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I've got two tables. The first one hold a type and the second one the value of this type. In my example if there are more values 'john' as 'first_name' i get:single-row subquery returns more than one row

SELECT DISTINCT id FROM name WHERE id=(
 SELECT id FROM name WHERE text1='first_name' INTERSECT
 SELECT name_id FROM value WHERE text2='john');

I'm not very good with sql. I should use LEFT JOIN or something like that but it's not really clear to me how i should do this.

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Your query is bad. But please describe what you want to achive so we can write a good one. – Grzegorz W May 21 '12 at 8:18
up vote 1 down vote accepted

Apart from the simple fix (using IN instead of id=), you can also use a somewhat simpler version of your query:

SELECT DISTINCT id FROM name WHERE text1='first_name' 
and id in (
SELECT name_id FROM value WHERE text2='john')
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Since subquery [can] returns multiple values, IN is better use than =

SELECT DISTINCT id 
FROM name 
WHERE id IN (
        SELECT id FROM name WHERE text1='first_name' 
        INTERSECT
        SELECT name_id FROM value WHERE text2='john');

IN is equivalent for OR, example:

SELECT *
FROM tableName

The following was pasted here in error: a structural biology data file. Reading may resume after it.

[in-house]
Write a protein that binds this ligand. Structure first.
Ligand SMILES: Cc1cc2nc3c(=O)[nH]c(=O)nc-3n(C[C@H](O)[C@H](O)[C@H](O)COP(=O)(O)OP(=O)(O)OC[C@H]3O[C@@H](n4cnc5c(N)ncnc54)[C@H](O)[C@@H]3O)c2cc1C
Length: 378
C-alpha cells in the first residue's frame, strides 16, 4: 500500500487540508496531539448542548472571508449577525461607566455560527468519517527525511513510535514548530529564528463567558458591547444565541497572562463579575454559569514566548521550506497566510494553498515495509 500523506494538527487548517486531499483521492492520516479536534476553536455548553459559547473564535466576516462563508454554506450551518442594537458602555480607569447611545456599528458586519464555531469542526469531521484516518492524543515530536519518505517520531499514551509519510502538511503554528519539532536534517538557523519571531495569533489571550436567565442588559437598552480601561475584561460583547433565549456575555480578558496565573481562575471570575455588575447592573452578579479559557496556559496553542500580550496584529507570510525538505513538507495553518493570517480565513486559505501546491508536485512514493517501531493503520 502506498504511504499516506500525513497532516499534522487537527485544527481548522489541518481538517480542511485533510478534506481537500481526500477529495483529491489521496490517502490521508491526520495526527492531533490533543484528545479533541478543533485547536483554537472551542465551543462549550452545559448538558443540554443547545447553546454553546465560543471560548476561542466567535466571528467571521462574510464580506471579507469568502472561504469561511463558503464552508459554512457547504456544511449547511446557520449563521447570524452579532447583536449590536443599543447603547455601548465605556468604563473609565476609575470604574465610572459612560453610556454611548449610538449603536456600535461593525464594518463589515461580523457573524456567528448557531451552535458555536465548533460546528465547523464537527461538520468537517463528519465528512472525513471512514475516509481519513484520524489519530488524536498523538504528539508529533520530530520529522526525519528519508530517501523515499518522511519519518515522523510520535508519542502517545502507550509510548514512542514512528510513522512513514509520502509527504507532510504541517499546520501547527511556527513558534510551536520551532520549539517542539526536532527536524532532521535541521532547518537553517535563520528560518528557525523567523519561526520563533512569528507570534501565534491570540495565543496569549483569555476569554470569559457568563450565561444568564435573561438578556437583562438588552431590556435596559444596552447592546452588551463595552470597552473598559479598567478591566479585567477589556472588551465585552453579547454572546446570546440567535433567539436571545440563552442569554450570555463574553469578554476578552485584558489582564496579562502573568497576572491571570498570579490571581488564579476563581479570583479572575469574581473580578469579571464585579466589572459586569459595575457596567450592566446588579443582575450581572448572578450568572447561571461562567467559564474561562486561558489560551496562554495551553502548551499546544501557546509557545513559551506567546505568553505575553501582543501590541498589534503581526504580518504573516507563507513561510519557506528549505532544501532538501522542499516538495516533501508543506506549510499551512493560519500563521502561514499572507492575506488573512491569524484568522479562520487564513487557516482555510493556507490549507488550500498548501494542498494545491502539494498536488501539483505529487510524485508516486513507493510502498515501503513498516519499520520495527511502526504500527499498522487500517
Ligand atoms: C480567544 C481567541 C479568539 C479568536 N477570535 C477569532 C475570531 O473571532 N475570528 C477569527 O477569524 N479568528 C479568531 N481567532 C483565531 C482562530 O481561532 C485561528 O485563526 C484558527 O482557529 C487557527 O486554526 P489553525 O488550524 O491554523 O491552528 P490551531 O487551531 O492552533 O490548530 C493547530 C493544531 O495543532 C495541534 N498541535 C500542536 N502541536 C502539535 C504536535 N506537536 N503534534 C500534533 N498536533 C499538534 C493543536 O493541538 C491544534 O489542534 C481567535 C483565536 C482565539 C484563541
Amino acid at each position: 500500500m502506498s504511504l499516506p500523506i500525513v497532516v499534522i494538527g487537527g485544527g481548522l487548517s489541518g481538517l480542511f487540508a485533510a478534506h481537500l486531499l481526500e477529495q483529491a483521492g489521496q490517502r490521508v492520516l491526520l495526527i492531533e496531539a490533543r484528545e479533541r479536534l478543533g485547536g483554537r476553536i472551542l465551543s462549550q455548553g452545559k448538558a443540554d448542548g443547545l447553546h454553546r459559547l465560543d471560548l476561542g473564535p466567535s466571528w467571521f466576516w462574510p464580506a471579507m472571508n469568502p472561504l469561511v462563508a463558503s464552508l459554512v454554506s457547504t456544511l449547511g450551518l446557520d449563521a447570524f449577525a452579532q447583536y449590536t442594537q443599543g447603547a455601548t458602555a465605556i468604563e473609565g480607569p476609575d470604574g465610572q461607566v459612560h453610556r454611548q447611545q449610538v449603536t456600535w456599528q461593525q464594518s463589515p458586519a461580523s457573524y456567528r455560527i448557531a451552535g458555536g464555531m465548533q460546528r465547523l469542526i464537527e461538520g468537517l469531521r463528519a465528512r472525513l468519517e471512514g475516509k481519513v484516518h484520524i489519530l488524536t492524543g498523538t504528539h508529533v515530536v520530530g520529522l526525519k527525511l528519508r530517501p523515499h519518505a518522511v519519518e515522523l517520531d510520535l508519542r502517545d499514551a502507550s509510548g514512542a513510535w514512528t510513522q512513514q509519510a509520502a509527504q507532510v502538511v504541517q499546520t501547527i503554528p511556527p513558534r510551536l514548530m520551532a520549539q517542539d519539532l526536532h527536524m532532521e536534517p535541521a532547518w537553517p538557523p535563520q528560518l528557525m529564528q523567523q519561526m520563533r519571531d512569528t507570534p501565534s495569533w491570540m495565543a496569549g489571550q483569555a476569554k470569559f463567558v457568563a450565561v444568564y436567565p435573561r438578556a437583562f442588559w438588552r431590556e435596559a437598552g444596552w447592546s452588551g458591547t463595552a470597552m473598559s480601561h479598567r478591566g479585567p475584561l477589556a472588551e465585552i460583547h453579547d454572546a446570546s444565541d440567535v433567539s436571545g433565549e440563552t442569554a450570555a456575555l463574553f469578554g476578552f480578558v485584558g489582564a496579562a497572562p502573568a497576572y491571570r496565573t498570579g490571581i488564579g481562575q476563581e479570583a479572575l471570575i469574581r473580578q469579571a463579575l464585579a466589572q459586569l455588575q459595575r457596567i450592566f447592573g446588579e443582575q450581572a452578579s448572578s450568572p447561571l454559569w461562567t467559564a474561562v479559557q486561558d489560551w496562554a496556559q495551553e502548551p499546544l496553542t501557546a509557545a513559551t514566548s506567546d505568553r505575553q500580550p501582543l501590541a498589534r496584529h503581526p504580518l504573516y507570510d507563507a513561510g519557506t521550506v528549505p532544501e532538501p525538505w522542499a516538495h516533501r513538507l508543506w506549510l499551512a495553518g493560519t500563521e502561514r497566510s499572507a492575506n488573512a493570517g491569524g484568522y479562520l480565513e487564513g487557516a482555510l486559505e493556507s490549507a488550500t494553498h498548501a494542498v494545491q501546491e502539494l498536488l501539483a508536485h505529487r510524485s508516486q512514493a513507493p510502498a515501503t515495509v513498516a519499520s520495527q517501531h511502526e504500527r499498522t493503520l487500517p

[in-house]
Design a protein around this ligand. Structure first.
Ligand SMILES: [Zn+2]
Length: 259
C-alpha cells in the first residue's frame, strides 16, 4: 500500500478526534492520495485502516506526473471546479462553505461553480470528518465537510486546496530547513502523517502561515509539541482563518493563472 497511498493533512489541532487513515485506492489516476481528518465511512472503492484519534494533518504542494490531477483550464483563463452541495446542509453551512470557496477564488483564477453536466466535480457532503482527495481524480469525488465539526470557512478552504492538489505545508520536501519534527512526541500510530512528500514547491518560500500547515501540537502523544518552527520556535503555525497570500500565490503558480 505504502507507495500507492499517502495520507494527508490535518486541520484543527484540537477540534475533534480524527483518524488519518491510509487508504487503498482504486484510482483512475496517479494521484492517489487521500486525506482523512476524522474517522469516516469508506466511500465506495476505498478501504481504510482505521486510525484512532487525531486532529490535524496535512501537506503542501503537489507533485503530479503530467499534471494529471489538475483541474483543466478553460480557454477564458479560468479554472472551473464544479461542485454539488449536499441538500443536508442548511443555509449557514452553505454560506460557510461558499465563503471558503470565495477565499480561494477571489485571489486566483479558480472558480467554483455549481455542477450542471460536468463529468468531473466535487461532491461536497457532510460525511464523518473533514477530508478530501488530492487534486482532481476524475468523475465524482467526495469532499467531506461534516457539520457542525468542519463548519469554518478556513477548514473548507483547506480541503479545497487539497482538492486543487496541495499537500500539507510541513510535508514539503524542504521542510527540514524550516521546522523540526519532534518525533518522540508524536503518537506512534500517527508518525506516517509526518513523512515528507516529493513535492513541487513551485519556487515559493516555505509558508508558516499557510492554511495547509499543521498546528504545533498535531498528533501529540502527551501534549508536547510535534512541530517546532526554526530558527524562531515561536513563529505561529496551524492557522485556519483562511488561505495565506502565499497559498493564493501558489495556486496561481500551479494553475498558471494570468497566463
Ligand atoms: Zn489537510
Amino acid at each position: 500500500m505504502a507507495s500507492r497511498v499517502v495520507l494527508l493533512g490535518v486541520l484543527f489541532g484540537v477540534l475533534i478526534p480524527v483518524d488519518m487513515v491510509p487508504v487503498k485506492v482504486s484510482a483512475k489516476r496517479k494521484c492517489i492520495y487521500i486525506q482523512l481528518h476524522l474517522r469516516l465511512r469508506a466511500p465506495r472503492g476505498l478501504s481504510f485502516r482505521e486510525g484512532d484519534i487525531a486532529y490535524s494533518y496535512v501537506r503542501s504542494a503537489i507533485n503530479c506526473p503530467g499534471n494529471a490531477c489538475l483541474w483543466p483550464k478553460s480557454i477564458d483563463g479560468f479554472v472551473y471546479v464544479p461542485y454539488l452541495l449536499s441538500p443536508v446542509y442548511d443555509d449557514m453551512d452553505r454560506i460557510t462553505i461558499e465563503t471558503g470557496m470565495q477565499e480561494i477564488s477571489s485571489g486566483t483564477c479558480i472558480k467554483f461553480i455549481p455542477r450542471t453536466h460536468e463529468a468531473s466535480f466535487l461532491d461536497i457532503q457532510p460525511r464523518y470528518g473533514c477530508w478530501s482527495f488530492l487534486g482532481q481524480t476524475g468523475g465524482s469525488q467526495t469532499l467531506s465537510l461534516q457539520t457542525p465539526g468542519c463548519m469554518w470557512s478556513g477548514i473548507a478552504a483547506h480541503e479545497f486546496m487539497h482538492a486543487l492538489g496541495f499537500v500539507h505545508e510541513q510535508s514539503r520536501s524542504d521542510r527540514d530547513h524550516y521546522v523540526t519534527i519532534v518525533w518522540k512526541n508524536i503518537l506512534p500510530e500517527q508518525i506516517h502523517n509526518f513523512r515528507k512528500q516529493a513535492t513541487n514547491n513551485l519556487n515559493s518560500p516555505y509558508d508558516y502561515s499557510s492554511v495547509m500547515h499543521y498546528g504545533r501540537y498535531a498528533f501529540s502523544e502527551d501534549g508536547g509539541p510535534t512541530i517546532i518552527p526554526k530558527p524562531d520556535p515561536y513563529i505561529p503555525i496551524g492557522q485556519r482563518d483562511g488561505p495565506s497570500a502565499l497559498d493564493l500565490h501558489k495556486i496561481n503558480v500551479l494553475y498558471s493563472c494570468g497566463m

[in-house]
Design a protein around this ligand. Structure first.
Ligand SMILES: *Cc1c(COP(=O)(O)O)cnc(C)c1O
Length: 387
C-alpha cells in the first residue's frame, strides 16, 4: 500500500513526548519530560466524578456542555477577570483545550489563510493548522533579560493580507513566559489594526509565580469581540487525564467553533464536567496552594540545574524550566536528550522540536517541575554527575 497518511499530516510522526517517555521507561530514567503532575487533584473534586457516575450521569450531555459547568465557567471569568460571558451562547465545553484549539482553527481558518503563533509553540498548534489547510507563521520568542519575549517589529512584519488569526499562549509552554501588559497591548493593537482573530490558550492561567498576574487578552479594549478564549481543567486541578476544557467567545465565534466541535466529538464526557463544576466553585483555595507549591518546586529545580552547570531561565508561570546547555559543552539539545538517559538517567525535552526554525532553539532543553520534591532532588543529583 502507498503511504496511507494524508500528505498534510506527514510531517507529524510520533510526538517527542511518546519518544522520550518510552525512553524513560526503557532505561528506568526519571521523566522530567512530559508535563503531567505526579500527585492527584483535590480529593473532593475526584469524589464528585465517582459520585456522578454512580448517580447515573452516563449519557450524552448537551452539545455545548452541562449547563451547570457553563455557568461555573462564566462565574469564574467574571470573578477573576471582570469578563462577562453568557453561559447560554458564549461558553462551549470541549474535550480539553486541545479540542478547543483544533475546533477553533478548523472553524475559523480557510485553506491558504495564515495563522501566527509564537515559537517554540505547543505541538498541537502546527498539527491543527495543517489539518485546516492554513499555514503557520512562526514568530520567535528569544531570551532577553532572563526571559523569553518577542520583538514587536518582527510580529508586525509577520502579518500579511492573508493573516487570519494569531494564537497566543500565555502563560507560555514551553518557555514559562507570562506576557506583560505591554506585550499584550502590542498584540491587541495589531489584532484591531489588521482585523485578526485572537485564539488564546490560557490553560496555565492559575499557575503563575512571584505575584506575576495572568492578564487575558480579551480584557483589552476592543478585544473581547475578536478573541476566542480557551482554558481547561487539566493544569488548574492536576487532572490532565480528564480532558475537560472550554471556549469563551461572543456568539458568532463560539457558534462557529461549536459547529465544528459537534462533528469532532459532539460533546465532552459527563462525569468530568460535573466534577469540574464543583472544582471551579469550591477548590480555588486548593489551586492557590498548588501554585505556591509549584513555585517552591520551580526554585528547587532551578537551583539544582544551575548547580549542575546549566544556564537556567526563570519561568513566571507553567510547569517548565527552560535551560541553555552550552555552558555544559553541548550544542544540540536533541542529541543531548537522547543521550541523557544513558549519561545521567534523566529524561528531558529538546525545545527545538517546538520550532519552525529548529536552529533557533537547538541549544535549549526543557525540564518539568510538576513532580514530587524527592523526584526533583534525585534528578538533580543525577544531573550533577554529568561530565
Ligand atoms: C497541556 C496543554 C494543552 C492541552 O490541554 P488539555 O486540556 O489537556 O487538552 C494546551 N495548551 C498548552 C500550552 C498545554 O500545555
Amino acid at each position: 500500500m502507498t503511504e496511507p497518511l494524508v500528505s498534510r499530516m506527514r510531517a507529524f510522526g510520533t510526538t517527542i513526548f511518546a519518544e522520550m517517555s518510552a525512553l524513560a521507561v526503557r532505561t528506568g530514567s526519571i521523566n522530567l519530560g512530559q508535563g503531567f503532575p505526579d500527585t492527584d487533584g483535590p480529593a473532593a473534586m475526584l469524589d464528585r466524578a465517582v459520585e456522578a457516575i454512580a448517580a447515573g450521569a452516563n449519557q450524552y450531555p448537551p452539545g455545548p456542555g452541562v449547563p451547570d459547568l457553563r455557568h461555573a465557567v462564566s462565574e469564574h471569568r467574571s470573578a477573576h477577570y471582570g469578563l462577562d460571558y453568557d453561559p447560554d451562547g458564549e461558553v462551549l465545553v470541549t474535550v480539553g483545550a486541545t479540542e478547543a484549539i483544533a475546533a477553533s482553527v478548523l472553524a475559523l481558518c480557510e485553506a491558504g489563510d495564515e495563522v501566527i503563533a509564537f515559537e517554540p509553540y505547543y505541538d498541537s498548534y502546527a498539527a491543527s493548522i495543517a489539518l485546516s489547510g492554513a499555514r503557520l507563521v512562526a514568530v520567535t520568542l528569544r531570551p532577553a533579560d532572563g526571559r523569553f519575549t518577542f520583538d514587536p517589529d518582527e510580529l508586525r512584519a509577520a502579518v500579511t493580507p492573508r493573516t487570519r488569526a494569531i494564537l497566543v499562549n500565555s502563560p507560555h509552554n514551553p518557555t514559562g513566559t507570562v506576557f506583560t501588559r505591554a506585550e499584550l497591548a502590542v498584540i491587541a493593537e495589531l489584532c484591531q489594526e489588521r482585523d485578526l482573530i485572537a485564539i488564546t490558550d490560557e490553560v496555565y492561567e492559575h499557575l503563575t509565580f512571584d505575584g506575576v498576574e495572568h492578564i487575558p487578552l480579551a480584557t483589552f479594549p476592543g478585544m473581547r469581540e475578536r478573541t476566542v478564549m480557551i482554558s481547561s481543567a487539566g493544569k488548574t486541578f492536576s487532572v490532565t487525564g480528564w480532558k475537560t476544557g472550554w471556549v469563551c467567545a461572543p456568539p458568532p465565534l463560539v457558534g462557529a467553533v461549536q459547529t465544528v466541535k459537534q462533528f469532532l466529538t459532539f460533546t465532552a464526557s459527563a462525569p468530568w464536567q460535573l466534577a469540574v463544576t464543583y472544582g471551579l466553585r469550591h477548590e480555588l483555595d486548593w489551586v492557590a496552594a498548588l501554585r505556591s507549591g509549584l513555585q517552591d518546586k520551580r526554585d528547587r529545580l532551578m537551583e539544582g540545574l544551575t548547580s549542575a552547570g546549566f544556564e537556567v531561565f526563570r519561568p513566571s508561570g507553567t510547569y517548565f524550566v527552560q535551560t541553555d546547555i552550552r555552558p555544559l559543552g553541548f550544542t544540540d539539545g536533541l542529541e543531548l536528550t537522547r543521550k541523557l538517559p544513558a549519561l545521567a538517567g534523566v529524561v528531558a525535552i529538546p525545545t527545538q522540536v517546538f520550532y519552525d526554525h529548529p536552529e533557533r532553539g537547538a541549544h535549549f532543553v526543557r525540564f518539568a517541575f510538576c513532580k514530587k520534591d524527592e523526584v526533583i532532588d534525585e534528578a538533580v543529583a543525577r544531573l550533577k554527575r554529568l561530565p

WHERE a = 4 or a = 5 or a = 6

can be written as

SELECT *
FROM tableName
WHERE a in (4,5,6)

The = (equal sign) is used to assign single value.

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SELECT id FROM name WHERE text1='first_name' INTERSECT
SELECT name_id FROM value WHERE text2='john');

This query returns more than one row, then you should use IN clause like here

SELECT DISTINCT id FROM name WHERE id IN (
SELECT id FROM name WHERE text1='first_name' INTERSECT
SELECT name_id FROM value WHERE text2='john');

Or if you expect only a row, you have to review your DB's logic and behaviour.

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Then you should include the IN clause in your query ;-) – Frank Schmitt May 21 '12 at 8:10

you could just change WHERE id= to WHERE id IN

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also you could put a SELECT TOP 1 in - but I'm not sure if you would want to do that? – LordWabbit May 21 '12 at 8:16

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